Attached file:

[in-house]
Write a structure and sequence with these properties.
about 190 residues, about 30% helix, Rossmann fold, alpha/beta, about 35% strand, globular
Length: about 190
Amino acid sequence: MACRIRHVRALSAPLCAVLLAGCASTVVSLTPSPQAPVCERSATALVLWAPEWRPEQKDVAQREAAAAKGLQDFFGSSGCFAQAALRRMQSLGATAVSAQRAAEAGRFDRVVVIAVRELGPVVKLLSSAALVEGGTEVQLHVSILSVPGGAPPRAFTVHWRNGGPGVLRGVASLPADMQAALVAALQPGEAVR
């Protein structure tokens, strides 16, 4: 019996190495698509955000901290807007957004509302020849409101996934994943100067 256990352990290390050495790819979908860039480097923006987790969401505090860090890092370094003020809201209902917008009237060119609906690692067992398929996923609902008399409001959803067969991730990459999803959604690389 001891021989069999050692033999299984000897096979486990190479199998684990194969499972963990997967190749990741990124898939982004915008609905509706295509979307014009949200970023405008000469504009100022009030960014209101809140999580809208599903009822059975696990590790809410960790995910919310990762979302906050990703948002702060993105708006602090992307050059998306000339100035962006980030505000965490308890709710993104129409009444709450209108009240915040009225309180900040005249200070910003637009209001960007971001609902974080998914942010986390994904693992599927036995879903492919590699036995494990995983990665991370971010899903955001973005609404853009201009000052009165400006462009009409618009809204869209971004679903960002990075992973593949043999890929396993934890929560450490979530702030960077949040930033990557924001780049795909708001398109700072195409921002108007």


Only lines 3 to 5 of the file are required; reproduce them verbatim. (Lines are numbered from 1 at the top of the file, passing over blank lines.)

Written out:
about 190 residues, about 30% helix, Rossmann fold, alpha/beta, about 35% strand, globular
Length: about 190
Amino acid sequence: MACRIRHVRALSAPLCAVLLAGCASTVVSLTPSPQAPVCERSATALVLWAPEWRPEQKDVAQREAAAAKGLQDFFGSSGCFAQAALRRMQSLGATAVSAQRAAEAGRFDRVVVIAVRELGPVVKLLSSAALVEGGTEVQLHVSILSVPGGAPPRAFTVHWRNGGPGVLRGVASLPADMQAALVAALQPGEAVR